At the beginning of Sex and the City, the movie version of the popular HBO (not TV) series, nothing has changed for Carrie, Charlotte, Miranda and Samantha, the foursome who took Manolo Blahnik off the map and into the stratosphere of exclusivity.
The gals are often still prone to talking dirty. They're also often supine, although perhaps not as often. Charlotte (Kristin Davis) and Miranda (Cynthia Nixon) are each married with children, and Samantha (Kim Cattrall) is in a five-year relationship with studly younger Smith (Jason Lewis), whose modeling/"acting" career she manages in Los Angeles.
Their leader, Carrie Bradshaw (Sarah Jessica Parker), is looking and looking and looking for a suitable place to share with Big, né John James Preston (Chris Noth). They finally find a penthouse so perfectly fabulous that all it lacks is a closet big enough for Carrie's wardrobe (so Big builds it for her). Then, one day while they're fixing dinner, Carrie brings up marriage. And Big, coolly of course, says sure, why not?
He must not watch a lot of television. It will surprise no one, except Carrie, that on the day of their elaborate nuptials, Big suddenly gets small. It's really just for a moment, but it precipitates an over-reaction in Carrie that leads to -- well, another hour-and-a-half of movie that's not half as good as the hour before it.
At its best, Sex and the City is funny and touching, just like the TV series, and pleasingly familiar to its fans (the opening title sequence quickly recaps the show's plotlines). At its worst, it's five episodes strung together, like a holiday-weekend "marathon." Lacking fresh insight, writer/director Michael Patrick King, who co-created the series, settles for revamped versions of the old ones. My favorite: "Forty is the last age at which a girl can be photographed in a wedding gown without the unintended Diane Arbus subtext." King can still zing, although the movie's length taxes his creativity. His ending is affirmingly pro-middle-age, especially toward Samantha, who turns 50.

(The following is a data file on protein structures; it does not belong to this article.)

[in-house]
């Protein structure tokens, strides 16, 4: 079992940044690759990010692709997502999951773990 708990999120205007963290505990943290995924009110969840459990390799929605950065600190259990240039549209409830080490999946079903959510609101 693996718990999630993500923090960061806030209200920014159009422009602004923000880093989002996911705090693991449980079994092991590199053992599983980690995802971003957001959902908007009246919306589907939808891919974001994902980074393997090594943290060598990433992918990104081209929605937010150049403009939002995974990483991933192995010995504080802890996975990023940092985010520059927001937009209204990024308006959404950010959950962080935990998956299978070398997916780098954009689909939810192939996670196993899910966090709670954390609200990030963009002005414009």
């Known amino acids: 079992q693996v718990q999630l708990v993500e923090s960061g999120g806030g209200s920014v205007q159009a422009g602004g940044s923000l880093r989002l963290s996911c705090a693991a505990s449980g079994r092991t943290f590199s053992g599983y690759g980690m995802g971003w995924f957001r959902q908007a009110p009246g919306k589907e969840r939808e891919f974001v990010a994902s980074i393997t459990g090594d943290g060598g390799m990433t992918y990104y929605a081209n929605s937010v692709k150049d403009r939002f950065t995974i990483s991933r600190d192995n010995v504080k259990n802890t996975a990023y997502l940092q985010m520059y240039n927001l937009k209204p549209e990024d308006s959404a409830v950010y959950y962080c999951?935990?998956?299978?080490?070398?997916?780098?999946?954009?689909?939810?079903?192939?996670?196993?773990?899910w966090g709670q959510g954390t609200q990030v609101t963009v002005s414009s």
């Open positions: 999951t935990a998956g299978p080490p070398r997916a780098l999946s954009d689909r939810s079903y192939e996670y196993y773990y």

Sex and the City takes us all over the greatest town in the world, and King uses his color palate well. This includes the creation of Carrie's new assistant (Jennifer Hudson), an earthy St. Louis gal who came to New York looking for love. The marriage of take-no-prisoners Miranda hits a rough spot when she loses interest in sex and her husband regretfully strays (she takes no blame, of course), and the bubbly barren Charlotte, raising an adopted Chinese daughter, gets pregnant.
The acting is uniformly strong, and each supporting star has a moment or two. Parker, of course, gets many more. She runs the gamut beautifully, and Noth, so often without charm or depth as Big on TV, finally gives us reason to see why Carrie loves him. So what if we still don't understand their relationship or know how it "works"? At last, the love of her life seems human.
- Girls just want to buy clothes: (from left) Kristin Davis, Cynthia Nixon, Kim Cattrall and Sarah Jessica Parker